Q: My daughter recently came out as lesbian and, while I was shocked at first, I want to be there for her and be supportive. But to be honest, I don't know where to start, or what the best resources are for more information. There is so much online, and I'm not sure what to trust. What do you recommend?
A: It's likely that it took a lot of strength and courage for your daughter to come out to you, and now it's important for her safety and well-being that you demonstrate your love and support. As the national director of Lambda Legal's Youth in Out-of-Home Care Project, I have seen firsthand the damage that can come from parents' rejection their LGBT children. LGBT youth are overrepresented in foster care, juvenile justice systems, and among youth experiencing homelessness. In fact, it's estimated that a staggering 40% of homeless youth in the United States identify as LGBT, and many of those youth have been kicked out by or run away from parents who did not accept them for who they are. I commend you for expressing your love for your daughter by accepting and affirming her.
As you may know, it's not unusual for a person to identify as LGBTapproximately one in every four families in this country has a family member who does. This means that not only are you not alone, but also that you've got a huge, supportive community around you and lots of resources at your disposal. The best place to start is your local LGBT community center. You can check Centerlink for the one closest to you. These centers can provide you and your daughter with educational resources and social events with a group of people who identify with your experience. Another excellent resource is an organization called Parents, Families and Friends of Lesbians and Gays ( PFLAG ). They offer a volunteer-based peer support network and have chapters all over the country.
You might have questions, you might feel uncomfortable, or you might just not know what to say. Please know that your reactions are normal and your feelings are absolutely OK. The important thing is that your daughter knows that you love her even if you may need some time to gain understanding about this aspect of her identity.
There is actually a project dedicated to this very concept called the Family Acceptance Project. The Project's research has shown a clear link between family rejection and negative health outcomes for LGB youth. Conversely, the Project has found that family acceptance can actually lead to positive outcomes for LGBT youth, protecting them from suicide, depression, and substance abuse. The Project does a lot of work with families of faith who have difficulty reconciling their child's LGBT identity with their religious beliefs, and has assisted in connecting families of faith with affirming religious groups. They have helped families of many faiths learn to accept and affirm their children's identities. Many other programs exist within organizations around the country such as The Ruth Ellis Center in Detroit and CAMBA in Brooklyn.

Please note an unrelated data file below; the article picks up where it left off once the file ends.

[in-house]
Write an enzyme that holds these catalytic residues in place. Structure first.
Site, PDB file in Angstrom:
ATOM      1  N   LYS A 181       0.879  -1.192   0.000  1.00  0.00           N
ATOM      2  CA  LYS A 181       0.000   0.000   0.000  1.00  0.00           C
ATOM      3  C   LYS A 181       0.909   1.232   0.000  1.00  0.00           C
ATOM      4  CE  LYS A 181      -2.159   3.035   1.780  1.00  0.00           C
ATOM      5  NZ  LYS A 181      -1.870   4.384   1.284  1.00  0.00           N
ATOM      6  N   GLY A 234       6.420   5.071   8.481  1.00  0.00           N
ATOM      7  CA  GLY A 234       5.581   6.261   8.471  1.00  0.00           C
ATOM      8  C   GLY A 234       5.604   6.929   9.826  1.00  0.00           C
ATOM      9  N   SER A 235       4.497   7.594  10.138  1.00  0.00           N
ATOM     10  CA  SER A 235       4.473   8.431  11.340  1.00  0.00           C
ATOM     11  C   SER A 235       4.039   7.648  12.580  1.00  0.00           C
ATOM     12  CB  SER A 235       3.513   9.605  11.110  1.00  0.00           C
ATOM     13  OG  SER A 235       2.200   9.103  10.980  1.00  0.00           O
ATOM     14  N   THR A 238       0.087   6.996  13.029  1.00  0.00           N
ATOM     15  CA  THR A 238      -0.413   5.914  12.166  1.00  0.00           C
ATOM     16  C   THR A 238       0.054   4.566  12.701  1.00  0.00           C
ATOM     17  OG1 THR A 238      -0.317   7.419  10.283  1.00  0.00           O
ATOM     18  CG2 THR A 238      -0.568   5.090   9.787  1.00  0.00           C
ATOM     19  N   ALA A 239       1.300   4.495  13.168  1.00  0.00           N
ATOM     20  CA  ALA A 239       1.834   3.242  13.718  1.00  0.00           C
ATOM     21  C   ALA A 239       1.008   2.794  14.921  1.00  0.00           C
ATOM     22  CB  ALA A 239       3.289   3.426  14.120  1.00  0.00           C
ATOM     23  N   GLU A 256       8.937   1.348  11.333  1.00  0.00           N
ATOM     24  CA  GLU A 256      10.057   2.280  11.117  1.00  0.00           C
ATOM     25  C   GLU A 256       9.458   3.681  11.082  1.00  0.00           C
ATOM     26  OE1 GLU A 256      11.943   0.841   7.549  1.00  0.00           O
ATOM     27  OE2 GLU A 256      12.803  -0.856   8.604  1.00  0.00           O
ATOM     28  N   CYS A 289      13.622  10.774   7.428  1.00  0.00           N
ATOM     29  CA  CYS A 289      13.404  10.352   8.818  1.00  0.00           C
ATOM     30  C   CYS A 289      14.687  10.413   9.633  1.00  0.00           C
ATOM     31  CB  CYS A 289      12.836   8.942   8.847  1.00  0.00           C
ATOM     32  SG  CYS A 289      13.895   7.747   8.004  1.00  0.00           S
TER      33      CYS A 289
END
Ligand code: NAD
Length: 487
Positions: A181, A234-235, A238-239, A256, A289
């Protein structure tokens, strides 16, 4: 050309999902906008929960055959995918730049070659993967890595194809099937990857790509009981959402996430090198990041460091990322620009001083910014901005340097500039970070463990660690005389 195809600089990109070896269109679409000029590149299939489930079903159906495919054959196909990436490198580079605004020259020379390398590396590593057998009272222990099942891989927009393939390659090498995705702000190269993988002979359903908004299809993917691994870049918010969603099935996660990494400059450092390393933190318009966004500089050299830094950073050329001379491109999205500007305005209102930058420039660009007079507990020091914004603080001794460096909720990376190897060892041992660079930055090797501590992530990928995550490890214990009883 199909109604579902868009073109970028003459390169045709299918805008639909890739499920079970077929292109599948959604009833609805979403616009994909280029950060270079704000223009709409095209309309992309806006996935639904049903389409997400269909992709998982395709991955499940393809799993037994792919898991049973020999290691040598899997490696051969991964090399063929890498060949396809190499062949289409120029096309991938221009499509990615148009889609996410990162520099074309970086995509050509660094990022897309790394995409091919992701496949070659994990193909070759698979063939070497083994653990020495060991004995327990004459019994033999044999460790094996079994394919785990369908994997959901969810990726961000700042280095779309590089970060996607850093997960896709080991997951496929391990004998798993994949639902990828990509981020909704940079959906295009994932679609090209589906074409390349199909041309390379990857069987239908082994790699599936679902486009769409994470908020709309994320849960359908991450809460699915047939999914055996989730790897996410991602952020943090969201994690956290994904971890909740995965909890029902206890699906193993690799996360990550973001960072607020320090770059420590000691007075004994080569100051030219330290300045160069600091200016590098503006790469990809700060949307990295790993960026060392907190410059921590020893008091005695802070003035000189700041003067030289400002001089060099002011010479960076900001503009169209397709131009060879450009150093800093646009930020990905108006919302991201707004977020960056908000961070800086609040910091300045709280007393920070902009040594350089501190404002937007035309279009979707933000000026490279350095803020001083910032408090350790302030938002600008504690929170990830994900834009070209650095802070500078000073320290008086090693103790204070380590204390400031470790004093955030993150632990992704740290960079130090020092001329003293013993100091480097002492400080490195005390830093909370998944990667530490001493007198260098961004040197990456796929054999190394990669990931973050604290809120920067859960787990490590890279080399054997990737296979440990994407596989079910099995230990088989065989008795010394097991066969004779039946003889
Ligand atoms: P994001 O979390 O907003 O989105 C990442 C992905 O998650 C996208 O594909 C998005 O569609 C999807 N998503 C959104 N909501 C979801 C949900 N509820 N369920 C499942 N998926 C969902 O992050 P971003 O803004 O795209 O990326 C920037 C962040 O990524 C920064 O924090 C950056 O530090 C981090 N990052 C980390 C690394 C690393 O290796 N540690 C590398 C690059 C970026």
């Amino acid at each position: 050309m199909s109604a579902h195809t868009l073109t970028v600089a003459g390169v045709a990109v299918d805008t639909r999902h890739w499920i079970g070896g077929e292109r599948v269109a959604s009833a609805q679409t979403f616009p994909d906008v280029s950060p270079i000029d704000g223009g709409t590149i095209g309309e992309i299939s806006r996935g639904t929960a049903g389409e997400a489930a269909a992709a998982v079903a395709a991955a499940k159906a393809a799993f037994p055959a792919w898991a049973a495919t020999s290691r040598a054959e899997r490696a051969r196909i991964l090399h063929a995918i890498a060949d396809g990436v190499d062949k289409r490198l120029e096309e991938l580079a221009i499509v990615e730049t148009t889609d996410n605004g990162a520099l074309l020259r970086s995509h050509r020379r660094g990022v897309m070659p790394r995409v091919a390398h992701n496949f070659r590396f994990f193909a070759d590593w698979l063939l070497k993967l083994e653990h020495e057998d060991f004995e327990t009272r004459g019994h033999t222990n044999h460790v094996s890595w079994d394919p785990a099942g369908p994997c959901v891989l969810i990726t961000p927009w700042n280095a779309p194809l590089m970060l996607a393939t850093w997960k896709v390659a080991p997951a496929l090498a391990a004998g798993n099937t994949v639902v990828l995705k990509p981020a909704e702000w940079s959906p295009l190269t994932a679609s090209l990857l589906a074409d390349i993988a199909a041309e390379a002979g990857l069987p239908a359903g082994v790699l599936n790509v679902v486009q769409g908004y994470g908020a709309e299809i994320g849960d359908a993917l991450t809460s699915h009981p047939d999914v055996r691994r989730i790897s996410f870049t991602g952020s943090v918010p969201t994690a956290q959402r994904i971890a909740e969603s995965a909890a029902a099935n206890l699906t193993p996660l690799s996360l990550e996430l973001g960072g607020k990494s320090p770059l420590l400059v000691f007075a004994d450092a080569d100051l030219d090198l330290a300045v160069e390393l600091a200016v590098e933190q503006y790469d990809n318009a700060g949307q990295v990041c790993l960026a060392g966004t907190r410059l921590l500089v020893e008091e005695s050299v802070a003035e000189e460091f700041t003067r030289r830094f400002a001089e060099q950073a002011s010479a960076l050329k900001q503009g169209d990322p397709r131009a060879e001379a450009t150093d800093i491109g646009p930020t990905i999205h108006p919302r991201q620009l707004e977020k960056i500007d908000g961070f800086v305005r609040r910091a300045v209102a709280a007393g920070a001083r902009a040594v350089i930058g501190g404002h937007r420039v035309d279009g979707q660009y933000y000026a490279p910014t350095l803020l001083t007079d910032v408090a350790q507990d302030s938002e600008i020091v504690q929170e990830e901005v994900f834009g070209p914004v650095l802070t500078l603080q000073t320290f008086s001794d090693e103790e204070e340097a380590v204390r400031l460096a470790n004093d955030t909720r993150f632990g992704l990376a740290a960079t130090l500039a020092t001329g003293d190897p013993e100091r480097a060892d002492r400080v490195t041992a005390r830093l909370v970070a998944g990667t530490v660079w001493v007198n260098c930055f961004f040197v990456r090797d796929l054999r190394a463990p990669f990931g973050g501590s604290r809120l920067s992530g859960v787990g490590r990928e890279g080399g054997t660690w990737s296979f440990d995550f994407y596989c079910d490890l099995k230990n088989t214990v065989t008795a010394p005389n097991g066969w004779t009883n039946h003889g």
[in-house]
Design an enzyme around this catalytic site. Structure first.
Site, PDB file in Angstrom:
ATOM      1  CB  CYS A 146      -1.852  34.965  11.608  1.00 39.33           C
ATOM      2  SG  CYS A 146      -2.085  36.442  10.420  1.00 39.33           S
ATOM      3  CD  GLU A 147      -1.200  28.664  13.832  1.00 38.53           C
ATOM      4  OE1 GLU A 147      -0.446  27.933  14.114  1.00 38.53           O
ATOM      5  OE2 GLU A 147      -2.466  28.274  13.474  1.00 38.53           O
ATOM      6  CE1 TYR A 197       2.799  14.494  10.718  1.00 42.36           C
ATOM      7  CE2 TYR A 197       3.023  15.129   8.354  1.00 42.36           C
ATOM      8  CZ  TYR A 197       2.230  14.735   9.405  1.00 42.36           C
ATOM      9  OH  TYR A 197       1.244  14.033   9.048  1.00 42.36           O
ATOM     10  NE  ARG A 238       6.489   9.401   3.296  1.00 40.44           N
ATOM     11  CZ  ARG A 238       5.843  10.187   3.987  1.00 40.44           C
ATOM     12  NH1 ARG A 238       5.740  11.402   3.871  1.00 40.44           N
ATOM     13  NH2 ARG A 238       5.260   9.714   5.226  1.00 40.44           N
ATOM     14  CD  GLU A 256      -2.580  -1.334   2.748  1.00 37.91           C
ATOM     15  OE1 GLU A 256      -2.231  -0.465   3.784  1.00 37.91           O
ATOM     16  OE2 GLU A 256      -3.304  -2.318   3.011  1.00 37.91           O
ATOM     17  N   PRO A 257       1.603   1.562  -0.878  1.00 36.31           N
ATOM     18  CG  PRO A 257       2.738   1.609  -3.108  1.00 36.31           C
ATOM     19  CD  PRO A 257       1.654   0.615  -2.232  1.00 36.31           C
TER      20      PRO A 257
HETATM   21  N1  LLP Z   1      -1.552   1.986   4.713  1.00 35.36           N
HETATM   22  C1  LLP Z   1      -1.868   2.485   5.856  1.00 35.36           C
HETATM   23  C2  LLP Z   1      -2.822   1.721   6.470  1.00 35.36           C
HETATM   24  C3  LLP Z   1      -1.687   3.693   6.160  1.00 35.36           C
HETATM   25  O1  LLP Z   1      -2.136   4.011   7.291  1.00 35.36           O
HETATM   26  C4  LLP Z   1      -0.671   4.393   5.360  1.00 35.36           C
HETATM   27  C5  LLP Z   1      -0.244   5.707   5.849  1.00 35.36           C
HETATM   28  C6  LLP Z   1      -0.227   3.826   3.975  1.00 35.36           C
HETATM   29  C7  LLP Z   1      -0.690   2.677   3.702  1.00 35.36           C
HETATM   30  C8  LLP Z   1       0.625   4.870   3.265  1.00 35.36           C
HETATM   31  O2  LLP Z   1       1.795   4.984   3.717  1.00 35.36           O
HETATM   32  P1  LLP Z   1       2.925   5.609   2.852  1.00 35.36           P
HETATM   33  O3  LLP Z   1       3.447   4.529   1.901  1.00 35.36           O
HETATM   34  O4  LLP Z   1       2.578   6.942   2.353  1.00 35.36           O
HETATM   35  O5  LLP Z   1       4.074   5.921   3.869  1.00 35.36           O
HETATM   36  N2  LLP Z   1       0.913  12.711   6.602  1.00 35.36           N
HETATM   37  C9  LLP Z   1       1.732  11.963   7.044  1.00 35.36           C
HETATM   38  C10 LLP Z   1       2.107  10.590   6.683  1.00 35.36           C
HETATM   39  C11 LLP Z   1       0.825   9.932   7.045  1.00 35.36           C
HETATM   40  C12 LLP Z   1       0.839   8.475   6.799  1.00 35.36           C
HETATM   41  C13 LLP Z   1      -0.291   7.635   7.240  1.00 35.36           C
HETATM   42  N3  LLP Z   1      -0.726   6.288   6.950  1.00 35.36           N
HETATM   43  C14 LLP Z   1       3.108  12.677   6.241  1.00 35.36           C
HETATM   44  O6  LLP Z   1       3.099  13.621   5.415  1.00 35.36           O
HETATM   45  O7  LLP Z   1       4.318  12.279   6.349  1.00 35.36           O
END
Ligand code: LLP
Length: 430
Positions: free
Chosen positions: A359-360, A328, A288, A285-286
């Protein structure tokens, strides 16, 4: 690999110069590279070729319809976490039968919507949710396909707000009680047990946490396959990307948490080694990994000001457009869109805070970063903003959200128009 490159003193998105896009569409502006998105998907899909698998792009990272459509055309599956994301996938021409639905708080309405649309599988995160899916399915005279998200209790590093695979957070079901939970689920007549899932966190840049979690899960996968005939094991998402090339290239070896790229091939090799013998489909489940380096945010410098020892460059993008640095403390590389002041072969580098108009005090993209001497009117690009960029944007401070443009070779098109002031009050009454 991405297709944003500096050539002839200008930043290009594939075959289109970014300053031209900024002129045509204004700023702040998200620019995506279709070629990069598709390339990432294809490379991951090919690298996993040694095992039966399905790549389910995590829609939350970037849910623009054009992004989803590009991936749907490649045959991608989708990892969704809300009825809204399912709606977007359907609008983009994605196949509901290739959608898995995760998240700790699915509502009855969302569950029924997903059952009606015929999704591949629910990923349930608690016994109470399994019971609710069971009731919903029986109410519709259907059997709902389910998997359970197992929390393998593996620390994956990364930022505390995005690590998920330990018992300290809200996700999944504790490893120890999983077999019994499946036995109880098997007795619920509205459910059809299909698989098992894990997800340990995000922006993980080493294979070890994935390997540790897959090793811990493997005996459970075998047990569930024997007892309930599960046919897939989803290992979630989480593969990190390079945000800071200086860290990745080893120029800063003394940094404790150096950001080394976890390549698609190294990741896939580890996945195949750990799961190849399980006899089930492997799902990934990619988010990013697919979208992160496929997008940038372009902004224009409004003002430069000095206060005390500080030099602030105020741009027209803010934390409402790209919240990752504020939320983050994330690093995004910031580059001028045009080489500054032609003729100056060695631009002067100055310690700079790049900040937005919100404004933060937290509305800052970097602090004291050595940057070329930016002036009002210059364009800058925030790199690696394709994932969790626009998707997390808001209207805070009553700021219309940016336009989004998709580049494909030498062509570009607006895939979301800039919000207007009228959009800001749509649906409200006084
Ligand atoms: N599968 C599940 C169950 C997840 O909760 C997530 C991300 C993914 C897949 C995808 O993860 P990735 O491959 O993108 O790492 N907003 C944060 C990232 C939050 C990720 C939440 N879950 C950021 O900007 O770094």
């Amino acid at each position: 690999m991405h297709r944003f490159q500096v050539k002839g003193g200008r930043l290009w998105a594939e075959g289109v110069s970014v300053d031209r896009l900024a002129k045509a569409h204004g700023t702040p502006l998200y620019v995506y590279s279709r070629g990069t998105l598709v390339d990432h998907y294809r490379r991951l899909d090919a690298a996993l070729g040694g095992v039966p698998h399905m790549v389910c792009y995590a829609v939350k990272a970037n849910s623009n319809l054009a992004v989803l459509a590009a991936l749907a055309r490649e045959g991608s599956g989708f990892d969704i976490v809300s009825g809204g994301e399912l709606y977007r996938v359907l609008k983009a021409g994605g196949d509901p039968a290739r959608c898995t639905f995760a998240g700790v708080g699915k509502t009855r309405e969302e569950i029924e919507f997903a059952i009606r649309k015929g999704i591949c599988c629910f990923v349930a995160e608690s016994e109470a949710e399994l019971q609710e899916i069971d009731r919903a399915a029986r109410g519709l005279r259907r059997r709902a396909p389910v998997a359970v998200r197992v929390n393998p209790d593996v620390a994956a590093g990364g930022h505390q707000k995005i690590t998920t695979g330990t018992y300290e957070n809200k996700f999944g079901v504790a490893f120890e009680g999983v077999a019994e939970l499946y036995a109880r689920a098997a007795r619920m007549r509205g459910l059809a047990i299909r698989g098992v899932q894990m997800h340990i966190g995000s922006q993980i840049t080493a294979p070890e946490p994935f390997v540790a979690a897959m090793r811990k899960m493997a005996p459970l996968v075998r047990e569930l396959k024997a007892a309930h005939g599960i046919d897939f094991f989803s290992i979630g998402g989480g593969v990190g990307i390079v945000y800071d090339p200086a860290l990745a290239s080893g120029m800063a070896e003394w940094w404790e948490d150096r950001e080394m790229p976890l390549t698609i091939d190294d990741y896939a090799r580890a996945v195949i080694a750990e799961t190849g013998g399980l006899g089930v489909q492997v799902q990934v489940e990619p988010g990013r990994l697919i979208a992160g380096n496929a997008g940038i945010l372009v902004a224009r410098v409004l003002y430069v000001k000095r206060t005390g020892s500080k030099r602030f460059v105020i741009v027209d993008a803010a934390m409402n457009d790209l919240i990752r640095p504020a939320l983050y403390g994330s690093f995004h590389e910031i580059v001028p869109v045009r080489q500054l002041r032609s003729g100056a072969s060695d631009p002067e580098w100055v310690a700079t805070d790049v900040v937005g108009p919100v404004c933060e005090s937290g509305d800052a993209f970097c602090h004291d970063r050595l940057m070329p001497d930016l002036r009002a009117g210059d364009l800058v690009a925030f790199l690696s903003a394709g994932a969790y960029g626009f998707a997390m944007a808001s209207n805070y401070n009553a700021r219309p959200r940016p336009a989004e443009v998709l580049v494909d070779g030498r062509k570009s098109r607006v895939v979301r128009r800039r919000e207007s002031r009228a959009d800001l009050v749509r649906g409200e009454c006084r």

It's important to recognize that while a person's identity as LGBT can sometimes evolve over time, it is not something that can be changed at will. You might hear about "reparative" or "conversion" therapy, which claim to make gay people straight or transgender people identify with their sex assigned at birth. These therapies are ineffective at best and harmful at worst. In fact, every major medical and psychological association has spoken out against conversion therapy, citing its use as leading to higher levels of depression, anxiety and self-destructive behaviors. Being LGBT is a normal part of human development and supporting your daughter means accepting her for who she is, rather than trying to make her into someone else.
I commend you for wanting to support your daughter, and I think that with time, you'll find that her sexual orientation is an aspect of her identity just as yours is and she's still that awesome daughter you raised and love. By letting her know you love and support her, you'll help guarantee she is healthy and successful.
If you have any questions, contact Lambda Legal's Help Desk at 1-866-542-8336, or see www.lambdalegal.org/help.
Currey Cook is a Lambda Legal senior attorney and Youth in Out-of-Home Care Project director.